Can electricity power heavy-duty vehicles?

How trucks, tractors, buses and ambulances are going electric.

On a blacked-out stage, a blast of white light appears. Smoke floods out, music blares and an excited crowd surges forward, smartphones held aloft. It’s a moment of rapture – but this is not a theatrical or musical performance. This is the launch of an electric car.

Specifically, the launch of Tesla’s new electric roadster – which claims to be the fastest production car ever made. And while the sportscar may have been the undoubted star of the event, it wasn’t the only one unveiled. Tesla also launched an electric-powered articulated lorry – the Semi.

With governments around the world setting ambitious plans to ban the sale of petrol-and-diesel-only cars, the introduction of electric-powered utility vehicles – like Tesla’s truck – in a range of industries will be essential to a truly decarbonised transport system.

Disrupting trucking

Tesla’s heavy goods vehicle (HGV) highlights the growing capabilities of electric vehicles (EVs) to deliver more than just short, urban journeys. It claims its Semi will be able to travel 500 miles on a single charge (enough to get you from London to Edinburgh comfortably) and tow 40 tonnes of cargo.

Tesla isn’t the only player with electric big rig concepts – Los Angeles-based Thor Trucks, Daimler and Volkswagen have unveiled their own – but its ambitious 2019 production target makes it a more immediate possibility than any other in the space.

Despite media coverage claiming the Semi’s mega-charging capability breaks the laws of physics, big business is taking a sunny view of Elon Musk’s latest innovation. Walmart, which has been taking strides to reduce its emissions, has already pre-ordered 15 of the Semis. Delivery firm UPS has used small electric trucks in major cities for some years already – it has placed the largest order so far, for 125.

Electrifying emergency response

In the world of emergency services, quick response is vital. EVs, then, which have fast acceleration and are quick off the mark, are ideal candidates to deliver – especially as battery technology becomes more reliable and durable.

Health services in Nottingham have already been trialling electric-powered fast response vehicles, while in Japan, Nissan has unveiled an all-electric ambulance that carries a lithium-ion auxiliary battery to power medical equipment on board.

This on-board power supply is a further advantage of EVs, and one not just restricted to emergency services. Electric pickup truck maker Havelaar, for example, offers power outlets on its Bison vehicle for electric tools.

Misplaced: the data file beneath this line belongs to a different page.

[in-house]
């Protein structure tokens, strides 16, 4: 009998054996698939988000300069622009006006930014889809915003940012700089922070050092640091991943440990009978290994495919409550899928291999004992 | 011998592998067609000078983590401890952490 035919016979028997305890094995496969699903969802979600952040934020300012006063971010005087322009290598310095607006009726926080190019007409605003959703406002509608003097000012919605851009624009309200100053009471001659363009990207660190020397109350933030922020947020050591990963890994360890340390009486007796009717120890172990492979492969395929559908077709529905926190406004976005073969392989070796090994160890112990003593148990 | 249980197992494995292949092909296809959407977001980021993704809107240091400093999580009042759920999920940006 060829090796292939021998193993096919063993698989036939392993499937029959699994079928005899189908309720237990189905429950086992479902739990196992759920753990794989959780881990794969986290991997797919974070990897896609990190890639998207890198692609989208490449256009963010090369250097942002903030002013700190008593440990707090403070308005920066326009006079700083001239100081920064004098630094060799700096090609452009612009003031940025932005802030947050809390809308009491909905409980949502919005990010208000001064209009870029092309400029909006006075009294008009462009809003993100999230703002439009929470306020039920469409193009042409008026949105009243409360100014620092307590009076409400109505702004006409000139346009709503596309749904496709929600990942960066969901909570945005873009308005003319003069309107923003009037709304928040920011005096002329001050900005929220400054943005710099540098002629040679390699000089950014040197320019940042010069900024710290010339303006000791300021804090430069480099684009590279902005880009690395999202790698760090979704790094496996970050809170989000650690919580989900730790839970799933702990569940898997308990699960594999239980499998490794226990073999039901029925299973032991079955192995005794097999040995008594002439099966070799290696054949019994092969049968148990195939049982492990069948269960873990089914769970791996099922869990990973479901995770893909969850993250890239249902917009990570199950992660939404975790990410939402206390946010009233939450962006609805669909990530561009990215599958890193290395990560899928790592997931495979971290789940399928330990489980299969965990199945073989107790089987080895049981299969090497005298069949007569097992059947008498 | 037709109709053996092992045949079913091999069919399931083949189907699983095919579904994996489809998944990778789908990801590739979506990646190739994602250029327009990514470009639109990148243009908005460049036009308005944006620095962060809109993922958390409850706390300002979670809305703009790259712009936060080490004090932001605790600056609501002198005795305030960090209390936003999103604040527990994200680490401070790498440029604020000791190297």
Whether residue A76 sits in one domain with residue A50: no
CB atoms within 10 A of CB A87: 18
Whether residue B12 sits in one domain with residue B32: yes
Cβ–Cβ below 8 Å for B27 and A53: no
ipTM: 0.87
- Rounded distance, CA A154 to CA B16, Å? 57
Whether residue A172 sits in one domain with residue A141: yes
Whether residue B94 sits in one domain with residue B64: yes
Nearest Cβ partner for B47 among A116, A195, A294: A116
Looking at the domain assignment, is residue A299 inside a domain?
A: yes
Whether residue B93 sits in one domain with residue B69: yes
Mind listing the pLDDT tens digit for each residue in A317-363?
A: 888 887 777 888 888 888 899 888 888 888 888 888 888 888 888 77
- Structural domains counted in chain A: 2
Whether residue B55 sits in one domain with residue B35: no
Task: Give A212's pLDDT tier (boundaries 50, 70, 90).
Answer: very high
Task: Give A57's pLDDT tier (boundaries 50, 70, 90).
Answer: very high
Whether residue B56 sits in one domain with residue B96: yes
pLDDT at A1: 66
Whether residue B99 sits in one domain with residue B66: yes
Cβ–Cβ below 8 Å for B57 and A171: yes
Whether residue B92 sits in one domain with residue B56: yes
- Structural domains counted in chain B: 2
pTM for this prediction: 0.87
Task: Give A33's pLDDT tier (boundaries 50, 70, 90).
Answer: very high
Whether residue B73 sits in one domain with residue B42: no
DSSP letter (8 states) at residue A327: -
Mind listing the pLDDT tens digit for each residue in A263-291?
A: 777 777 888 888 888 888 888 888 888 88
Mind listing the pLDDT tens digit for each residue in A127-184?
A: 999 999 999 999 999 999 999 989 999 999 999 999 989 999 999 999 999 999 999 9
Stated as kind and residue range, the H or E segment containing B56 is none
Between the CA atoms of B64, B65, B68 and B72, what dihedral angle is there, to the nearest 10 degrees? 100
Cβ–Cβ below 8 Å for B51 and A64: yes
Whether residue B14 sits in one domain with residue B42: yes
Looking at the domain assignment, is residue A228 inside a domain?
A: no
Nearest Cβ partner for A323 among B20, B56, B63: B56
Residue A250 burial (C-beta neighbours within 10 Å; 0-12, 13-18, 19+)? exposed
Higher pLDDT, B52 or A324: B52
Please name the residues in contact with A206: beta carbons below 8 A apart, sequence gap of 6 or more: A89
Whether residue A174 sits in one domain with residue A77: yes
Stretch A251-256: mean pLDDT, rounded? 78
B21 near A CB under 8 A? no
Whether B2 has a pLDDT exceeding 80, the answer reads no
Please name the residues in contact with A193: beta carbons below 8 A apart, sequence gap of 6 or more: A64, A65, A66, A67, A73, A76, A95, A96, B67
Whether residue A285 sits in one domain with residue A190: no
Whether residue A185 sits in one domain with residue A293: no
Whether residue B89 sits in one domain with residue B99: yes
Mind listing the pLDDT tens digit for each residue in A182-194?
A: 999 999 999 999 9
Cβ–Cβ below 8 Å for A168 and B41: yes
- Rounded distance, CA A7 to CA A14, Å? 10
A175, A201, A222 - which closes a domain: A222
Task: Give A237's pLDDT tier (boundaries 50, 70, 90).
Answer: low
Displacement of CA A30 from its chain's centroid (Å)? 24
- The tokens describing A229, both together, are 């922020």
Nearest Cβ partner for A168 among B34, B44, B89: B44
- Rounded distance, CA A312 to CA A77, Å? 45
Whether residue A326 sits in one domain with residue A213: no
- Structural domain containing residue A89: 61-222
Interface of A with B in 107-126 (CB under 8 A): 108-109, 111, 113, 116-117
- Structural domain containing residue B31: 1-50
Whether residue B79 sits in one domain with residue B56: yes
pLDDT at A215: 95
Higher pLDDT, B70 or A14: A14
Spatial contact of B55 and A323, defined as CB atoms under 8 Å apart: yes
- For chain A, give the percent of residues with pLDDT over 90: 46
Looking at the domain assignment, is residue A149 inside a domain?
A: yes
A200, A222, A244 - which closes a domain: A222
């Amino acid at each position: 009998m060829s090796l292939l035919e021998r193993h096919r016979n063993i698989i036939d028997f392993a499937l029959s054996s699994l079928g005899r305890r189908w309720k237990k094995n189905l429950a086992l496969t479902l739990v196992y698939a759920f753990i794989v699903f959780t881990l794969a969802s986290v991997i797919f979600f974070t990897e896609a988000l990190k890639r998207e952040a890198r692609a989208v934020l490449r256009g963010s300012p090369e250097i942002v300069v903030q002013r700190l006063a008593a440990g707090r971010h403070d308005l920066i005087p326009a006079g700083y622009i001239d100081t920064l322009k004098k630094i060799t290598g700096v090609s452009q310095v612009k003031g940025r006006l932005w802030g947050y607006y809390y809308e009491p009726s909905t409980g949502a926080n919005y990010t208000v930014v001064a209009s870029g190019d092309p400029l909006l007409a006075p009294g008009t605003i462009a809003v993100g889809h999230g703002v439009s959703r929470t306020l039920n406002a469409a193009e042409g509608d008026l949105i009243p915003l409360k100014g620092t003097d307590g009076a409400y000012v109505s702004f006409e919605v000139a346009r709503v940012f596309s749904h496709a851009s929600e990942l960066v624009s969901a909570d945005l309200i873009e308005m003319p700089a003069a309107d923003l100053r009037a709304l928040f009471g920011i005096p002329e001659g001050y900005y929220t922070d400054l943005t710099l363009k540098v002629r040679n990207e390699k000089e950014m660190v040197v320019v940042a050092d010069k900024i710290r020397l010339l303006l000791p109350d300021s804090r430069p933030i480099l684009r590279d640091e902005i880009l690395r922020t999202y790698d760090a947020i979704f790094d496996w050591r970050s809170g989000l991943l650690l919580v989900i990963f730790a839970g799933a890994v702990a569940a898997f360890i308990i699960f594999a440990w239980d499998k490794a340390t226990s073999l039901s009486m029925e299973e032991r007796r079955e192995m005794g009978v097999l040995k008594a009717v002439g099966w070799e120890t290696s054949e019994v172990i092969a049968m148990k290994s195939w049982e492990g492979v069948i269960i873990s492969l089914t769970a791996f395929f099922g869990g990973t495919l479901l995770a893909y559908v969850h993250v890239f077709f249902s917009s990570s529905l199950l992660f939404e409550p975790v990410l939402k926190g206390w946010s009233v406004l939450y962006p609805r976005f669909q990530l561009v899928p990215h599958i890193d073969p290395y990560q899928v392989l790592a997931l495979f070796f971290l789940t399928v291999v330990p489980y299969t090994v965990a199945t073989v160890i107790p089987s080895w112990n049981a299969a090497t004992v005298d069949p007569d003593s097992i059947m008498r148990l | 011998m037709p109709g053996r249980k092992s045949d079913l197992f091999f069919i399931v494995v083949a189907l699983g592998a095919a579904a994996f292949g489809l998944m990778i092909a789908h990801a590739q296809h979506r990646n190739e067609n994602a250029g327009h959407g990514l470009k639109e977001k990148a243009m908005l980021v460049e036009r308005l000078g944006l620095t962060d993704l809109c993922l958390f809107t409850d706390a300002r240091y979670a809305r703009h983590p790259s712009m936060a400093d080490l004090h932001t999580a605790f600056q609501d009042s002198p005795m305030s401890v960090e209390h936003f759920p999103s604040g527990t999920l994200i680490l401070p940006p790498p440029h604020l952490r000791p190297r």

The future of battery farming

Out in the countryside, EVs are making waves in farming. John Deere has unveiled plans for fully electric tractors, claiming they require less maintenance and have a longer lifecycle than combustion engines.

With more than a third of UK farms generating their own power from solar, wind and even anaerobic digestion using farm by-products, there’s potential for farmers to charge tractors renewably and cut their fuel and charging costs.

More than just helping cut emissions and costs, there can also be performance benefits. Given their acceleration abilities, electric tractors are well suited to heavy pulling without revving up engines and churning up ground.

Joining HGVs and tractors in their ability to apply almost instant torque to heavy industrial jobs are e-Dumper trucks. The Komatsu quarry truck weighs in at almost 45 tonnes and claims to be the biggest EV in the world.

The economic advantage of electrification

Air pollution and greenhouse gas emissions are the main driving force behind many anti-fossil fuel regulations. However, research suggests decarbonising transport systems also have economic advantages for businesses.

A report by financial services firm Hitachi Capital found that switching vans and heavy goods vehicles (HGVs) to electric or other alternative fuels could save British businesses as much as £14 billion a year.

It claims EVs run at 13p cheaper per mile than diesel-fuelled vans, while HGVs are reported to be 38p cheaper. That adds up to total savings of £13.7 billion a year if all Britain’s commercial vehicles were switched.

The move to a fully electrified transport system is already underway. The number of registered electric cars increased by 280% in the UK over the past four years, according to the Hitachi report. The Chinese city of Shenzhen’s entire fleet of 16,359 buses has gone electric – a transition that began in 2009 and has been assisted by an 80% drop in the cost of a lithium-ion battery pack. According to Bloomberg New Energy Finance, China’s need for electric bus batteries is almost on a par to that of all global EV battery demand. China could be said to be driving the market.

EVs are undoubtedly cleaner when it comes to road-side pollution. However, the exponential increase in EVs will only benefit the fight against man made climate change if countries’ entire energy systems continue to decarbonise. Emissions-free vehicles will need to be powered predominantly by low carbon electricity for a more electric future to be a sustainable one.